Fed’s Clarida Is Stepping Down Before His Term Ends

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Richard Clarida.

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Sarah Silbiger / Businesshala

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Federal Reserve Vice Chairman Richard Clarida said on Monday he would resign from the Fed on Friday, two weeks after his term ends.

Clarida’s resignation comes amid concerns over his disclosures and business activity at the start of the pandemic. He is the third senior Fed official to resign amid such concerns since late September.

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In Clarida’s case, early disclosures revealed that it had bought into a stock fund on February 27, 2020, a day before the Fed issued a statement calling for a possible interest rate cut in response to the worsening pandemic. The signal was, in a move initially described as a rebalancing trade. But a revised disclosure filed last month showed that he had sold the same stock to the fund three days earlier, raising questions about the alleged rebalancing. the new York Times was the first to report the revised disclosures.

A Fed Ethics official said in a letter accompanying the updated disclosure that he believes Clarida is in compliance with laws and regulations regarding conflicts of interest, according to wall street journal , The newspaper quoted Clarida as saying at a virtual conference in October that she had always behaved with respect in relation to public service obligations.

In a letter to President Joe Biden announcing his resignation, Clarida said it was a “distinctive honor and an immense privilege” to serve on the Fed’s board of governors. He considered actions taken by the Fed in early 2020 to brace the economy for the impact of the pandemic.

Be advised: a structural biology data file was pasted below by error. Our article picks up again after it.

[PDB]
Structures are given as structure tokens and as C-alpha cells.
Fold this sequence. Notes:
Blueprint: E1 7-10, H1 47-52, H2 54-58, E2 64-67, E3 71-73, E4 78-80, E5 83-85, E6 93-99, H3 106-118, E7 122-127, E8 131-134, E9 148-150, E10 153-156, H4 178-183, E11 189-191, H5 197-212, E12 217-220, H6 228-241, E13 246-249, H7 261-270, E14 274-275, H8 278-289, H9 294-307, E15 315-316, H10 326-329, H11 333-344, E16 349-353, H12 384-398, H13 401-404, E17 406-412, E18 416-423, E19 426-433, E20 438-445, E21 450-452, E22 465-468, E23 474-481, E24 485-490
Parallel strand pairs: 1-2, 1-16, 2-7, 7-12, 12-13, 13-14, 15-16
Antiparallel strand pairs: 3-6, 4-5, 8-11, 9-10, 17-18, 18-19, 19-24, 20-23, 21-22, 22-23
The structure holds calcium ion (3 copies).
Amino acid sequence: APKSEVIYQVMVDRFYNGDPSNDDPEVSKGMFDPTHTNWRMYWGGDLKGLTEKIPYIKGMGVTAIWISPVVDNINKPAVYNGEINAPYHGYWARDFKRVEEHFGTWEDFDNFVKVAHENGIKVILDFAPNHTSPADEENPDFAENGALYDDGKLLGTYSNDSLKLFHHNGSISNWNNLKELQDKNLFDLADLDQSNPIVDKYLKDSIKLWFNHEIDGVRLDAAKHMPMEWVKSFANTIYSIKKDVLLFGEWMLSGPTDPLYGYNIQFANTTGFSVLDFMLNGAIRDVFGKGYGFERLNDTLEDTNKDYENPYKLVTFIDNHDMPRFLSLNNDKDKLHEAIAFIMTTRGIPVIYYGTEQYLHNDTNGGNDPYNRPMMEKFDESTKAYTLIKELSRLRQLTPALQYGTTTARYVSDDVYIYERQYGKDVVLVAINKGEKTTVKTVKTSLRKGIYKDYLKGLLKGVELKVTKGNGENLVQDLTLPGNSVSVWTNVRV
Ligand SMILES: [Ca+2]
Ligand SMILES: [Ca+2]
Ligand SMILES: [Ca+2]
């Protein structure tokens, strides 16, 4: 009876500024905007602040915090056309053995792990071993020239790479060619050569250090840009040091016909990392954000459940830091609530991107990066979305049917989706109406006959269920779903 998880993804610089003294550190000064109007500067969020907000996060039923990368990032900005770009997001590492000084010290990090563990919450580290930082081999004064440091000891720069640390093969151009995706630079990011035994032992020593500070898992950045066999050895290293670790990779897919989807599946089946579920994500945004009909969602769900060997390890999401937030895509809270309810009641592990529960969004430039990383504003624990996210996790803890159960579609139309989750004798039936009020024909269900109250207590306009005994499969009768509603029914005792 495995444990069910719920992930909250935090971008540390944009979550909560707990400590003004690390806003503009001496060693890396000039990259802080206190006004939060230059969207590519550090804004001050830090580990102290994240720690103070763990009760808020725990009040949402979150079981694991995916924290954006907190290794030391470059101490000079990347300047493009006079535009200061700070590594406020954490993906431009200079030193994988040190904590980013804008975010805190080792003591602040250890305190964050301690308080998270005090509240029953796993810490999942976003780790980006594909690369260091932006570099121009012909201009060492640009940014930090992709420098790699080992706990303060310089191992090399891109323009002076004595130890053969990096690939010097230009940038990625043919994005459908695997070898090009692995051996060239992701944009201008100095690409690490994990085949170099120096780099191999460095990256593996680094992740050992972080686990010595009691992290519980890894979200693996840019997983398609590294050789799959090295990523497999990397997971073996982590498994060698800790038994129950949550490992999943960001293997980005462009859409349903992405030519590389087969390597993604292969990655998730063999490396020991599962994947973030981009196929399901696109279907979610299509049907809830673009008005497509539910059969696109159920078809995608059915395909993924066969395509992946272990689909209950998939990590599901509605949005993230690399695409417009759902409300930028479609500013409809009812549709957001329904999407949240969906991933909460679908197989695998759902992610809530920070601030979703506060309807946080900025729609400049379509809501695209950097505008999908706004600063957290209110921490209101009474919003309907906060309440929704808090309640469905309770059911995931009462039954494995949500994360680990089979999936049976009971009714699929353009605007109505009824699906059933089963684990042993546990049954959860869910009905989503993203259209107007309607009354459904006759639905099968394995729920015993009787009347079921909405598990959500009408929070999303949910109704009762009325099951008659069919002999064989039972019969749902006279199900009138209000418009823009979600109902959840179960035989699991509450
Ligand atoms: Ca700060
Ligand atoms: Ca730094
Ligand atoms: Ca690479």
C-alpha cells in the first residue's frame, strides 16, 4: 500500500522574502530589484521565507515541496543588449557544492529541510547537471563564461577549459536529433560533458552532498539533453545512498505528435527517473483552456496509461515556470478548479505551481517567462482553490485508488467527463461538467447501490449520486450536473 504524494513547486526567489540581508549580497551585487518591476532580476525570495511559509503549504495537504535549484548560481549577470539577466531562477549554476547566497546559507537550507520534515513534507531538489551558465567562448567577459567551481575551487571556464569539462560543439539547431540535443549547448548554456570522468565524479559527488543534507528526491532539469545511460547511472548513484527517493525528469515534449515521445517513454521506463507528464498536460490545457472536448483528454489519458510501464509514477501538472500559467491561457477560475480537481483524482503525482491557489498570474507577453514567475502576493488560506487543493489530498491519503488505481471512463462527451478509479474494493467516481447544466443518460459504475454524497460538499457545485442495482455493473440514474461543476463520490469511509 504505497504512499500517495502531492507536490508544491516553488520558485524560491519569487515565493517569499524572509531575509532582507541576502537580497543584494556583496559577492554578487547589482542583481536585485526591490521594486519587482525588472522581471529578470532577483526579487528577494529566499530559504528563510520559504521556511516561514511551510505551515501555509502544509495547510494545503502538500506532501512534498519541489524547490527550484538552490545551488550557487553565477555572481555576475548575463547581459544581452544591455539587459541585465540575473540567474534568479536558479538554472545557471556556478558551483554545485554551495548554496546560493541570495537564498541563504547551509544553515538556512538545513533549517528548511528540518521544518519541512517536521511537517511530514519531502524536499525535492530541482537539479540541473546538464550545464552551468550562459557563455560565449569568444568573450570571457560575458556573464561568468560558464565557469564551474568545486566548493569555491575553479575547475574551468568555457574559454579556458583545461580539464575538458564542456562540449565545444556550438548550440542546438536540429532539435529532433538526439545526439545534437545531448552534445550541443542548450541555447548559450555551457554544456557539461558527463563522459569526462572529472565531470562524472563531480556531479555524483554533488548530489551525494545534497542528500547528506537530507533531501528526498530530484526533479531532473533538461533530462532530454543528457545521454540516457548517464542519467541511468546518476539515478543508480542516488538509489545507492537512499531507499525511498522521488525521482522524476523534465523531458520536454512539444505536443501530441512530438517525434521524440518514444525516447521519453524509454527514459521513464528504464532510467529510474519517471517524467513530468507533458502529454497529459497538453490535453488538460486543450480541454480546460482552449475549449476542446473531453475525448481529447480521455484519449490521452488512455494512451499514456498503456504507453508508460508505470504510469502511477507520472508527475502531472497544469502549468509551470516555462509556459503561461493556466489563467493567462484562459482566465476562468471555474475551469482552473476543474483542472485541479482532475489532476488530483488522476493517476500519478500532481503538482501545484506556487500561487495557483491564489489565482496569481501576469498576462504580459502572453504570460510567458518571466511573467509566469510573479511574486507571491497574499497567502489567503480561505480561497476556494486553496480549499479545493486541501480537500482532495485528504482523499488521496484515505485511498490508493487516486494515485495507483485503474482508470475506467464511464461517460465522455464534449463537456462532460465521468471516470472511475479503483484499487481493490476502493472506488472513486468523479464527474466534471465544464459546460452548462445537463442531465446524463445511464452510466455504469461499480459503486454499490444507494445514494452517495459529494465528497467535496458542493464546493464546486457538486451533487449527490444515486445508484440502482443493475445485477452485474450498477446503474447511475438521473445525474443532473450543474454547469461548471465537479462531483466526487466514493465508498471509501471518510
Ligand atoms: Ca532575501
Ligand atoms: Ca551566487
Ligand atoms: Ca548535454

“I am proud to work with my Federal Reserve colleagues as we have, in just a few weeks, implemented historic policy measures that, in combination with fiscal policy, have lifted the economy out of depression and which have led to a strong economic recovery. Has supported improvement in activity and employment since,” wrote Clarida.

During Clarida’s time at the Fed, the central bank revamped its process for setting interest rates, namely by allowing inflation to run above its target rate of 2%, where inflation was lower. Basically, this means the Fed is not on auto-pilot to raise interest rates and will allow inflation to warm up a bit to support the labor market and economy, if necessary.

“Rich’s contribution to our monetary policy discussions and his leadership in the Fed’s first public review of our monetary policy framework will leave a lasting impact on central banking,” Fed Chairman Jerome Powell said. “I will miss his wise advice and vital insight.”

Before becoming a board member and vice president in September 2018, Clarida was Professor of Economics and International Affairs at Columbia University.

Write to Carleton English at [email protected]

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